The world struggles in the Cold War, and many see the sky as the next battlefield. The era of Space Race has just begun. Do you have what it takes to lead a daring space agency into a new age of human achievement?
Space Race takes place during the first seven decades of the space conquest, and players become directors of newly established Space Agencies. Their goal is to expand them and to achieve astonishing breakthroughs. During the game, players will develop their Space Agencies by acquiring various cards (engineers, technologies, space programs) from a shared pool of cards called Universe.
The Captain is Dead Review
The Captain Is Dead is a co-op game for 2 to 7 players. All you have to do is get the ship’s engines (aka “Jump Core”) back online and you win, but because there is a hostile alien ship trying to destroy you, that is easier said than done.
You have an impressive star ship full of useful systems that will help you fend off the aliens, and get the Jump Core back online. Each system gives you an advantage while it remains online. The assault from the hostile alien ship tends to keep knocking those systems offline however. So you need to balance your time between keeping the ships system’s online, fending off the alien threat, and completing your objective.
Drive Thru Review:
Heaven & Ale Review
Intro (00:00); game overview (01:10); final thoughts and review (16:32)
From the post:
Discover a whole new board, rule variants, and brand new cards with Ticket to Ride United Kingdom!
Explore new Ticket to Ride strategies and relive the history of the railroad with the United Kingdom expansion and its new technology cards.
Lay down the first tracks in an incredible railroad adventure that begins in Great Britain and Ireland in the 19th century.
Master the technology of the first steam locomotives to win the game. Technology cards are essential in order to expand your rail network, build new double-routes, and cross the sea to reach the coasts of Ireland and Scotland. More complex gameplay means more strategy and rivalry between opponents!
From the announcement:
Ready for a new journey? The official adaptation of Ticket to Ride: First Journey is available on mobile, tablet and computer!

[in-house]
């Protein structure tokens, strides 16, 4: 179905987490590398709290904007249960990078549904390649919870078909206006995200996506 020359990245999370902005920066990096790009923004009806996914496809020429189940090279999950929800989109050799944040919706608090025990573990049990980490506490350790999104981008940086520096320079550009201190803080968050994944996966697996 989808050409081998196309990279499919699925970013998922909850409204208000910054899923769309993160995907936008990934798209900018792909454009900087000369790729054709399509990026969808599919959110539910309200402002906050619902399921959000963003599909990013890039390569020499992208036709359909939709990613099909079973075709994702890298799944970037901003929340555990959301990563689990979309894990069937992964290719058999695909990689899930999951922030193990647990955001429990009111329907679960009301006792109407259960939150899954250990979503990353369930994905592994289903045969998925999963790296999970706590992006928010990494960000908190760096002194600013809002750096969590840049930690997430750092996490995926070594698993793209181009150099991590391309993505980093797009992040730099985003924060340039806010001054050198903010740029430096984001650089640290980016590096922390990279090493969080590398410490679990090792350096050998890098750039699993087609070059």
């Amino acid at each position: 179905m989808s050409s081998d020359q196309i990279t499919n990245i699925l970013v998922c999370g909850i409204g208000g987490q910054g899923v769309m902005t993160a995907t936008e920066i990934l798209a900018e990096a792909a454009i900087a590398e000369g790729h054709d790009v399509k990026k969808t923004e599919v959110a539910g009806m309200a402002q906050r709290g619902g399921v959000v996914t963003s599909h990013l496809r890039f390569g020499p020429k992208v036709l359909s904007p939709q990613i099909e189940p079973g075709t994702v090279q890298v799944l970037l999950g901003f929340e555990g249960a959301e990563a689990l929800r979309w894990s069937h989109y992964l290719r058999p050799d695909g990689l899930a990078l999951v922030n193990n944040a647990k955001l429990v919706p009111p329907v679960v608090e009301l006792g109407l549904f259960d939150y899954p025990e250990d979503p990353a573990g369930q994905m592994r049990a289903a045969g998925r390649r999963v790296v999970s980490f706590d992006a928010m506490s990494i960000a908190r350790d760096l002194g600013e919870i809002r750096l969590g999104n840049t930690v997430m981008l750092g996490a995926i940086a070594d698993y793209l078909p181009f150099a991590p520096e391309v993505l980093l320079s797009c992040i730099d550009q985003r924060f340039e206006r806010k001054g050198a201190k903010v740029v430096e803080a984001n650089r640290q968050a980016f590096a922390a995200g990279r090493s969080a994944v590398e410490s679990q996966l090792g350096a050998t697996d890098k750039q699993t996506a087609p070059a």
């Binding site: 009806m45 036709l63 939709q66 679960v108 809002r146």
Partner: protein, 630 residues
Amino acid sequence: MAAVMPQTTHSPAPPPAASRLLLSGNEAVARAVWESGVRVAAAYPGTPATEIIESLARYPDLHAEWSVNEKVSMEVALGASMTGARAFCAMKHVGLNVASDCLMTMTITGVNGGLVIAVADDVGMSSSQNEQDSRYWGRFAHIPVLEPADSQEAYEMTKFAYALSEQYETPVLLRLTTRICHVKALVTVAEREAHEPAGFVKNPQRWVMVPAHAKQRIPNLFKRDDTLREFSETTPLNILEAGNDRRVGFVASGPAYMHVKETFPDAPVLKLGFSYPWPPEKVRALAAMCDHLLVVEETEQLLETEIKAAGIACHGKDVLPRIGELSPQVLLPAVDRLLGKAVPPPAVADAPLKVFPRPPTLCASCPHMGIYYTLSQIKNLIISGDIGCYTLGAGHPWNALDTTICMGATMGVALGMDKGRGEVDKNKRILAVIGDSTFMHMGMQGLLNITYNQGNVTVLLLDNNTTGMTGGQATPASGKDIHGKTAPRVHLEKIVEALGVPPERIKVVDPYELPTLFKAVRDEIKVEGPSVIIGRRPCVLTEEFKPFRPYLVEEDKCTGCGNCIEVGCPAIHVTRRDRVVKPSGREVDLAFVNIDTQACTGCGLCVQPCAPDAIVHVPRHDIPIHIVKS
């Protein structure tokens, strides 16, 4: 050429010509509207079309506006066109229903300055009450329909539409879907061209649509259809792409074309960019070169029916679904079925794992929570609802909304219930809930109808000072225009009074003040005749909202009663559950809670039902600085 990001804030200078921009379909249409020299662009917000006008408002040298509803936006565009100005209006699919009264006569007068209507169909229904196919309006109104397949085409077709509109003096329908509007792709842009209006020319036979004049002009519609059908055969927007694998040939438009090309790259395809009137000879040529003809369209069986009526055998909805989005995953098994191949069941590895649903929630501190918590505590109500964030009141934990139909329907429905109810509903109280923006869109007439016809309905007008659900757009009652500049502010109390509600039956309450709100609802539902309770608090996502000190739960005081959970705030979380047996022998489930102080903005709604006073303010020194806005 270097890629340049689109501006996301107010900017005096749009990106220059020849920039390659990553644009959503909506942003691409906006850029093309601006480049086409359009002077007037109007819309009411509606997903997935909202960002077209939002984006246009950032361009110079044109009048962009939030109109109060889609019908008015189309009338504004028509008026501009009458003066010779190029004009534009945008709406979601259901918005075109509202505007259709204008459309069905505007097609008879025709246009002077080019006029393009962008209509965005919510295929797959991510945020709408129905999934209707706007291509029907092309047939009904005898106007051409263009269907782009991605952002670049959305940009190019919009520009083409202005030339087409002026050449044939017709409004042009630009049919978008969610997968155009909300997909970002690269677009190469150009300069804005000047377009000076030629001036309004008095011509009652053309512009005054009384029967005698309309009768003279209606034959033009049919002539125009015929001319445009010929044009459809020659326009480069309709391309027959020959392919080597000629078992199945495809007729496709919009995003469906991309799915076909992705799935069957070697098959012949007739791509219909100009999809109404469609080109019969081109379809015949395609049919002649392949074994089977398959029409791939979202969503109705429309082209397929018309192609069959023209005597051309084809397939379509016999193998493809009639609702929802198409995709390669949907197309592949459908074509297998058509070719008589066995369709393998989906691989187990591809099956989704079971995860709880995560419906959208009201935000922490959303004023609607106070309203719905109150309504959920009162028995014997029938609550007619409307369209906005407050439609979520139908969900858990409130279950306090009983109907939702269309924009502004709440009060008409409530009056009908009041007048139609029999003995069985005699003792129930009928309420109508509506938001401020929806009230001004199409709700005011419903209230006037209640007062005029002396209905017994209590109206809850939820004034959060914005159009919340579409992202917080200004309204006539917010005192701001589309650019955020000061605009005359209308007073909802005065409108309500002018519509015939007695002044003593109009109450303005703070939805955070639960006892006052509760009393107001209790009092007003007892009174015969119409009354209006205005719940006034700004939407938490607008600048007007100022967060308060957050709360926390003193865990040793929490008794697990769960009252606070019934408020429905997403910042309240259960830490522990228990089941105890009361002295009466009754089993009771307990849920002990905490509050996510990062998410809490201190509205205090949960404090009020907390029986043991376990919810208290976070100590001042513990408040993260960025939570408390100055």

Children are finally able to join the great Ticket to Ride adventure through the two actual maps: Europe and USA!
Enjoy a fantastic journey with this very simple and family-friendly app. Collect train cards, claim routes on the map and do your best to connect the cities shown on the tickets. On your turn, draw two trains cards from the deck or discard train cards of matching color to claim a route between two cities. Have fun through original illustrations and funny animations once you connect the cities. Learn more about the different cities and their iconic monuments.
Days of Wonder continues their Ticket to Ride series with a new line going in. This one will take you to France and the Old West (though not at the same time). Ticket to Ride: France includes a double-sided map, with one letting players build routes all across France during the Industrial Revolution. Players will need to lay down tracks and decide what color those routes are before actually laying out their trains. The other side of the map is the Old West, where players will build routes from their home cities. But beware, build a route to a rival's city and they'll earn points, too.
From the announcement:
This expansion will challenge the players’ existing habits, as this time, before claiming a route, you will need to build the tracks and choose their colors. This simple variation adds a new twist to Ticket to Ride and makes the France map completely unique. The double-sided board also features a map of Old West, where up to six players can develop their railway networks starting from their Home Cities. Claiming routes along the way will make players face a dilemma: every time a player takes a route which leads to a city controlled by an opponent, that opponent scores the points.